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PECourtejoie, Champion

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Yes, I get you, Joshua, hence my remark that SOs are not perfect...

It would indeed be useful sometimes to have more layer-like functionalities for Groups (especially the CTRL+Click to get the selection, without having to use Option+Cmd+E to create a temporary copy), especially if one works with people that don't know how to deal with SOs. But I think that the way forward is SOs, therefore, I'm glad that you are trying to tackle down some of their bugs!
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joshua withers

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Here is a another idea. See the screen shot. It would be great if all the layers labeled R2 could be put in a folder and somehow remain 'clipped'.
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PECourtejoie, Champion

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Yes, I made a request for that: http://feedback.photoshop.com/photosh...
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Tom Auger

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Working on a recent web design, I realized that there's a real limitation right now with the way clipping groups work.

Rather than sinking your R&D money into 3D, which IMO really doesn't belong in PS (see this thread in forums: http://forums.adobe.com/message/36350..., there are a number of improvements to existing core features that seem like a natural evolution of the feature set in traditional directions.

Currently, clipping groups are one of the more powerful features for creating complex compound elements. Smart Objects are great, but lacking an Isolation Mode or edit-in-place, often end up not being the best for creative work (you can't see the context as you make changes, or not as easily). But clipping groups suffer from a couple of serious limitations that constrain the designer's ability to develop compound shapes that still retain the maximum amount of flexibility.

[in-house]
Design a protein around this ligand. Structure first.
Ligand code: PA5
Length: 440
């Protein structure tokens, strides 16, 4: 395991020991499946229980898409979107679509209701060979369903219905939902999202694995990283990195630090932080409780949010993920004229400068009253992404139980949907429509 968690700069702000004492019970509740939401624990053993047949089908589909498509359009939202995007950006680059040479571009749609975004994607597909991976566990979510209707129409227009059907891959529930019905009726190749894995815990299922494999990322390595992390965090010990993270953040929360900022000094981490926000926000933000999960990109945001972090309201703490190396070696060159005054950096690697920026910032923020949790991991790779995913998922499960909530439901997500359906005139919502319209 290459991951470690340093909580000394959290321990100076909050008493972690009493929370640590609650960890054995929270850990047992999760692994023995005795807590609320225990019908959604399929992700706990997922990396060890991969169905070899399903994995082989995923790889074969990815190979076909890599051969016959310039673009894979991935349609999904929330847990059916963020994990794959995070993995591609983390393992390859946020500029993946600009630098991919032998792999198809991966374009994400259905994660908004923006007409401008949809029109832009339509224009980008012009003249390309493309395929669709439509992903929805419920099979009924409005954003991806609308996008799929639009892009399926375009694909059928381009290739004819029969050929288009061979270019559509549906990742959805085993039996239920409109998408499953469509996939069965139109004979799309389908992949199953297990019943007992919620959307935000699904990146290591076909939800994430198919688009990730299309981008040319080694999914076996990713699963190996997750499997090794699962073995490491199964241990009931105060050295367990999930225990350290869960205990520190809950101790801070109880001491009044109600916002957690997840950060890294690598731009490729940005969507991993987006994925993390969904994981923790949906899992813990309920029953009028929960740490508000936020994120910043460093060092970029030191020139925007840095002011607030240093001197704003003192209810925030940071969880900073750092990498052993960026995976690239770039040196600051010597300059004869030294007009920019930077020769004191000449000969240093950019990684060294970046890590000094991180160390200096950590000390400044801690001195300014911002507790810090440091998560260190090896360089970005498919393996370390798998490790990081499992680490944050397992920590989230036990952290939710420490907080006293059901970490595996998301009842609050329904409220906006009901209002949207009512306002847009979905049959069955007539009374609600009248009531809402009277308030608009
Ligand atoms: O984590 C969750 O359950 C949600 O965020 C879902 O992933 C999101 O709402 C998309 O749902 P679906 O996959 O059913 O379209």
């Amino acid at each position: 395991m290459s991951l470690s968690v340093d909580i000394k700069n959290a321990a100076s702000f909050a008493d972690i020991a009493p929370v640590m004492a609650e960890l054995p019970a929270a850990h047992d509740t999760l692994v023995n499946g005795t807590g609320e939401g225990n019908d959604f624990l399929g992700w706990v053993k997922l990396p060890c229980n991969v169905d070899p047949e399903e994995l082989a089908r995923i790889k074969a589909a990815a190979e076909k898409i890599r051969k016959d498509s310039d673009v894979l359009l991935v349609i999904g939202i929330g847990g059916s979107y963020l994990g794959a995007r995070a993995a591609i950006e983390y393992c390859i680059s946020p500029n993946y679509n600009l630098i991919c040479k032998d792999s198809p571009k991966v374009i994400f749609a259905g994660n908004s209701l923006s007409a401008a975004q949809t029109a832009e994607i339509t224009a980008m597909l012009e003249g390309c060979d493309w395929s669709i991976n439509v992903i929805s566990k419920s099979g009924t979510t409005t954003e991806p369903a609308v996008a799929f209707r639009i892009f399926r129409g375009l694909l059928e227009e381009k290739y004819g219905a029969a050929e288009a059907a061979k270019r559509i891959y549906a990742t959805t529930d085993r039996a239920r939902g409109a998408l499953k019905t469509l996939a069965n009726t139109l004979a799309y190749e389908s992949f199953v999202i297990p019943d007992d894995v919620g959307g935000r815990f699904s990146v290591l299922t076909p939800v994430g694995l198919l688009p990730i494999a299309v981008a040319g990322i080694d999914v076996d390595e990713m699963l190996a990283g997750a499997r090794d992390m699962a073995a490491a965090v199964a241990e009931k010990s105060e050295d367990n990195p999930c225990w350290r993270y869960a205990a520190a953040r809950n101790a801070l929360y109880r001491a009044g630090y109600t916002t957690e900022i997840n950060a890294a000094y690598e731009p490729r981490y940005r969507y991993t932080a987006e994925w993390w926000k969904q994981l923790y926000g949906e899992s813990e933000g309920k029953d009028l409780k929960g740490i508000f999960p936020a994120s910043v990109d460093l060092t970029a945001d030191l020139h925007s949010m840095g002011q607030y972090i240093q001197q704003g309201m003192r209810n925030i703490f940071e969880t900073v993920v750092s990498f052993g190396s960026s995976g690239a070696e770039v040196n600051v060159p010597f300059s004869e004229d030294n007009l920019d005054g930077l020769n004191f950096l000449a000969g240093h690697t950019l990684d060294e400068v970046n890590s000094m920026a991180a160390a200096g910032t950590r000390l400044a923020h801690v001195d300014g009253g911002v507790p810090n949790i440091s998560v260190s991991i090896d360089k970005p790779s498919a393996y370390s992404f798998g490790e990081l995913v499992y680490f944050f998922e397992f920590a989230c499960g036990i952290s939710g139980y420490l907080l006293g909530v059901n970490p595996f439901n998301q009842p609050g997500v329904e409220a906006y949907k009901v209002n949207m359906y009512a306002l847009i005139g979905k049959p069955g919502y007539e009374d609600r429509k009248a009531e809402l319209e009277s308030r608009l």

1. Clipping groups do not extend to layer groups. A layer group can take a mask, but cannot take FX, whereas a clipping base layer can take FX which then can be composited "through" its clipped layers. Think of making a complex web button: the clipping group's base layer is the fundamental "shape" of the button, but can also hold the bevel, the drop shadow, and whatever other effects you might want for rollovers, etc.

2. Clipping groups do not nest. This is particularly useful when creating a compound shape, but also needing to leverage an adjustment layer that needs to be constrained to a particular layer. This issue could be addressed if clipping groups can clip layer groups, but I believe that until you address the nested clipping issue, you will not be able to code issue #1, beacuse the current UI does not provide any way to prevent you from putting a clipping group inside a layer group, so if you then clip the layer group, you run into the nested clipping issue. So you'll have to deal with the logic at some point anyway.

This reply was created from a merged topic originally titled
Extended Clipping Groups.
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Jeffrey Tranberry, Sr. Product Manager, Digital Imaging

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Tom, I merged your topic with this similar request. Please break your multiple requests into individual "ideas." That will make it easier for the engineering team and user to vote on the individual aspects.
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Tom,

My understanding based on your description, feature requests would be the following:

1) Smart Objects - Direct In place "destructive" editing of the original file, without having to separately open the original

2) Ability to make layer style type adjustments (fx) to a layer group as a whole

3) Create nested clipping mask layers which act upon each other, a nested clipping mask would clip other clipping masks in the same group above it? (I think the same thing can be accomplished currently with layer/group masking but feel free to elaborate)